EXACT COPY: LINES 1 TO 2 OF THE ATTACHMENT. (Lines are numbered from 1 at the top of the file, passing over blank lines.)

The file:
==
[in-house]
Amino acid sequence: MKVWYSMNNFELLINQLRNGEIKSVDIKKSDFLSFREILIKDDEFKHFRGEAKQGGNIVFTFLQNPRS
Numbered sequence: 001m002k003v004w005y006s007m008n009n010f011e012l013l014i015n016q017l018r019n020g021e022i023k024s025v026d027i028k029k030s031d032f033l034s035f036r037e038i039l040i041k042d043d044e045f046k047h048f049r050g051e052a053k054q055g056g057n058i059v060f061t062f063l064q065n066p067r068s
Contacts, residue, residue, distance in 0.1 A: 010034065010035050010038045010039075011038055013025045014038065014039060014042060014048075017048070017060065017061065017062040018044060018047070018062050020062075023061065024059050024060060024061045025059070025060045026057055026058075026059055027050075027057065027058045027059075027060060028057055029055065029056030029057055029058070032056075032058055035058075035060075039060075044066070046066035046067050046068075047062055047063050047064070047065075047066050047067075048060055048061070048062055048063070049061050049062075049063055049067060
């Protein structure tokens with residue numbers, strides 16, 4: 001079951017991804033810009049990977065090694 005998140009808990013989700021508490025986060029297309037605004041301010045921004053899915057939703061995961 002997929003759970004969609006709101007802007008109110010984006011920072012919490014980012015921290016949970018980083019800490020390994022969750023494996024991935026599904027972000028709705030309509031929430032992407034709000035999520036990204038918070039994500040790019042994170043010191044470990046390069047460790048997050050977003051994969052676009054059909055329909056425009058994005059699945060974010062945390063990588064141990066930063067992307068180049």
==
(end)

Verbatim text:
[in-house]
Amino acid sequence: MKVWYSMNNFELLINQLRNGEIKSVDIKKSDFLSFREILIKDDEFKHFRGEAKQGGNIVFTFLQNPRS